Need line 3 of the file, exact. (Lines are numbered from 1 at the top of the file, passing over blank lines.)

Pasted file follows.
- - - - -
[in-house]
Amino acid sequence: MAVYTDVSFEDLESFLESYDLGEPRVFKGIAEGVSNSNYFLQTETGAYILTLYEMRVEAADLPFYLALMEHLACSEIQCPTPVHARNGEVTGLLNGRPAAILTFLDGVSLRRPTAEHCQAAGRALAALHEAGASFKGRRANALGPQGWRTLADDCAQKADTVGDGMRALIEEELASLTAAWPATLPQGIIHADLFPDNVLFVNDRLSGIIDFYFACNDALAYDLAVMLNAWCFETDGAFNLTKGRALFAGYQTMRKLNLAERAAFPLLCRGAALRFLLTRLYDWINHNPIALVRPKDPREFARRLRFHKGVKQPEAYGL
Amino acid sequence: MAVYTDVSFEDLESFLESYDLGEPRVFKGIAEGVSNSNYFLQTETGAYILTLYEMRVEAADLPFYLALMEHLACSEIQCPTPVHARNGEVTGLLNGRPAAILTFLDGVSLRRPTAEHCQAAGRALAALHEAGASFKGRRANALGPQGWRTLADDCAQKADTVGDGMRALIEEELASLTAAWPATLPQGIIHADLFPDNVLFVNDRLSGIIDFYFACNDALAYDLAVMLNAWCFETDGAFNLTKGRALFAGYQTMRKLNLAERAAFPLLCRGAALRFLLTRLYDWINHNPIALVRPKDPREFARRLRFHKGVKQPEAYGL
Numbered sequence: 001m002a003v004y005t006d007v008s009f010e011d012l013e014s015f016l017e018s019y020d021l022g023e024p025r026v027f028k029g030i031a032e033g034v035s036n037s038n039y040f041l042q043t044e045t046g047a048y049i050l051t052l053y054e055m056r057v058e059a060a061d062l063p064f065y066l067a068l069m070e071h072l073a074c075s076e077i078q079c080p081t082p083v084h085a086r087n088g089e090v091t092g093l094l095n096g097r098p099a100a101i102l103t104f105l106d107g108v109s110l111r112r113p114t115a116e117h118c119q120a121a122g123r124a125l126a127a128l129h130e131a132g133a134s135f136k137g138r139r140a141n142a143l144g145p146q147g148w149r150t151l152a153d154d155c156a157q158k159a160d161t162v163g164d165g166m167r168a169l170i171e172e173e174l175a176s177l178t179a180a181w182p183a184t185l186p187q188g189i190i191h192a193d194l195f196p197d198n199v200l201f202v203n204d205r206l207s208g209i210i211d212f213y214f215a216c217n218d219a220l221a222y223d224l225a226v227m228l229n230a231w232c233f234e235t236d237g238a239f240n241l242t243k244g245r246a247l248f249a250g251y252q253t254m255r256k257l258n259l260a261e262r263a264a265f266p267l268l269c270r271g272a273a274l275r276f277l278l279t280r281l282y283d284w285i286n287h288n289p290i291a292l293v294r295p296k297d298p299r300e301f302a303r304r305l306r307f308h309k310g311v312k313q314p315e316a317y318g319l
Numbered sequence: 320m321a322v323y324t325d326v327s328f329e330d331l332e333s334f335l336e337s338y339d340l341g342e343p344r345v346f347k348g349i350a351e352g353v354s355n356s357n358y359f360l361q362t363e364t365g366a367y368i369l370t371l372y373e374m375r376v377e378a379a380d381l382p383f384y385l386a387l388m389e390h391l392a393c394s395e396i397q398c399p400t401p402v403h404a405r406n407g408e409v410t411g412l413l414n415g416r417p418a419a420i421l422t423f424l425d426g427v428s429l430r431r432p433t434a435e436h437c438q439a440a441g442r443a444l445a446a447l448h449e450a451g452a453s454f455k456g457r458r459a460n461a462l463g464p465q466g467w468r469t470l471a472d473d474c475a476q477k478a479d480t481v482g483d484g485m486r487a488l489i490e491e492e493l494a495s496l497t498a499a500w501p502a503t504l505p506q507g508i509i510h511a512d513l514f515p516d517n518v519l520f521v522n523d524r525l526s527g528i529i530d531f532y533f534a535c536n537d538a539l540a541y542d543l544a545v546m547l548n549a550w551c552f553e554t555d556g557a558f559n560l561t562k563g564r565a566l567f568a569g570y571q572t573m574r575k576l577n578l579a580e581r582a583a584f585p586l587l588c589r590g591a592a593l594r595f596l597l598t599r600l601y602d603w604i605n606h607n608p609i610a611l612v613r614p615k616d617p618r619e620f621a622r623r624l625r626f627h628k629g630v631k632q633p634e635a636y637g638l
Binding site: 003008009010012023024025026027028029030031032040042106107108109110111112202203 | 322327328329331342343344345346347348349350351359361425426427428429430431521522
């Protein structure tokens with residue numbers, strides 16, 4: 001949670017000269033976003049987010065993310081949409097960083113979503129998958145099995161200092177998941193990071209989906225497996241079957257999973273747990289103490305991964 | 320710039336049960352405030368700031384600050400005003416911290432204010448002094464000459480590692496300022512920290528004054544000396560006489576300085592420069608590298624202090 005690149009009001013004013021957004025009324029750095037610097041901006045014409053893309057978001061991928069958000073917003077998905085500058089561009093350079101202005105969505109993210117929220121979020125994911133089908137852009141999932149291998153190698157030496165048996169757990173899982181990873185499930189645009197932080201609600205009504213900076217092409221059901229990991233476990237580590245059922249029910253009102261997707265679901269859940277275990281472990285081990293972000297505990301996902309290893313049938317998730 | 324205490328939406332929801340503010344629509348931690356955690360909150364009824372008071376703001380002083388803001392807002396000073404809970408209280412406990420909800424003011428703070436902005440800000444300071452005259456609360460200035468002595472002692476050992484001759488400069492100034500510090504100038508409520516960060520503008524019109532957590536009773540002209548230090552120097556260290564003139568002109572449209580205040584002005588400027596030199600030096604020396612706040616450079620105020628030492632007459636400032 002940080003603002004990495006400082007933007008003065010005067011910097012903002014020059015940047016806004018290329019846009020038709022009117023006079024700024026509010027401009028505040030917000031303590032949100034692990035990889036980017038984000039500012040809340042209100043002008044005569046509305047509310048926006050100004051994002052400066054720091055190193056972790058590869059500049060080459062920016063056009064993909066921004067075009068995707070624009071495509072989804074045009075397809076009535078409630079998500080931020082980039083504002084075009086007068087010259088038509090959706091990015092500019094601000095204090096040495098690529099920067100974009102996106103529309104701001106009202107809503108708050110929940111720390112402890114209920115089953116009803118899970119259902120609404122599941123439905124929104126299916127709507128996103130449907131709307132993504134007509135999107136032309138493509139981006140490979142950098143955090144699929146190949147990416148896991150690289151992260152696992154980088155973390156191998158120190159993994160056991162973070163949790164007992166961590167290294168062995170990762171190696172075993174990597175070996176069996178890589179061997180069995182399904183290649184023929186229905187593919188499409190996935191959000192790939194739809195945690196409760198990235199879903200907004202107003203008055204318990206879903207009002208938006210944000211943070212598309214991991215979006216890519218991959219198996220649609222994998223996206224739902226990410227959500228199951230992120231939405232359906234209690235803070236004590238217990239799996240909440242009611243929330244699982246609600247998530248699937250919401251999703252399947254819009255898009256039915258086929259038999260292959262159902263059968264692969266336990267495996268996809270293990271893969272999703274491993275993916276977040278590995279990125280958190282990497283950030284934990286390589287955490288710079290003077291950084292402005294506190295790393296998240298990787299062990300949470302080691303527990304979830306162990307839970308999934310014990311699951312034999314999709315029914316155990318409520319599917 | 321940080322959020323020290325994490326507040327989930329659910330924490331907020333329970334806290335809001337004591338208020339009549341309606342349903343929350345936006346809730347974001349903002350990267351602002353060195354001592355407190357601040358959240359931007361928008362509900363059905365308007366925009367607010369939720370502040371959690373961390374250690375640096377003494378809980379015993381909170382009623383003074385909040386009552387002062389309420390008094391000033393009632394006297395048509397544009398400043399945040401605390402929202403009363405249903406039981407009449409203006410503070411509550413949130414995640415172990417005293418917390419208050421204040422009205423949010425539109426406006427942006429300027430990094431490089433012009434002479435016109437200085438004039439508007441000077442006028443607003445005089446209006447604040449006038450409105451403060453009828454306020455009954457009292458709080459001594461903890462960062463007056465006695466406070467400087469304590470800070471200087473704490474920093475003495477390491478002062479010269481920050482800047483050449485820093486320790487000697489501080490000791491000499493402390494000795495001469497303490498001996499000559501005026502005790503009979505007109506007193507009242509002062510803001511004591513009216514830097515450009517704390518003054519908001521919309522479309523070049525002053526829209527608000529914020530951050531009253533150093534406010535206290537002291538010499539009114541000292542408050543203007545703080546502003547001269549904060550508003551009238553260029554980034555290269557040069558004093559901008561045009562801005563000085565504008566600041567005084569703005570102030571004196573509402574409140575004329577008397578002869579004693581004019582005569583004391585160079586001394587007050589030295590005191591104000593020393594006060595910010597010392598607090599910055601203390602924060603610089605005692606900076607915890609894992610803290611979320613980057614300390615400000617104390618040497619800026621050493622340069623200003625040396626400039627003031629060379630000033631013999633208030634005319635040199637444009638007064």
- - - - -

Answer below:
Amino acid sequence: MAVYTDVSFEDLESFLESYDLGEPRVFKGIAEGVSNSNYFLQTETGAYILTLYEMRVEAADLPFYLALMEHLACSEIQCPTPVHARNGEVTGLLNGRPAAILTFLDGVSLRRPTAEHCQAAGRALAALHEAGASFKGRRANALGPQGWRTLADDCAQKADTVGDGMRALIEEELASLTAAWPATLPQGIIHADLFPDNVLFVNDRLSGIIDFYFACNDALAYDLAVMLNAWCFETDGAFNLTKGRALFAGYQTMRKLNLAERAAFPLLCRGAALRFLLTRLYDWINHNPIALVRPKDPREFARRLRFHKGVKQPEAYGL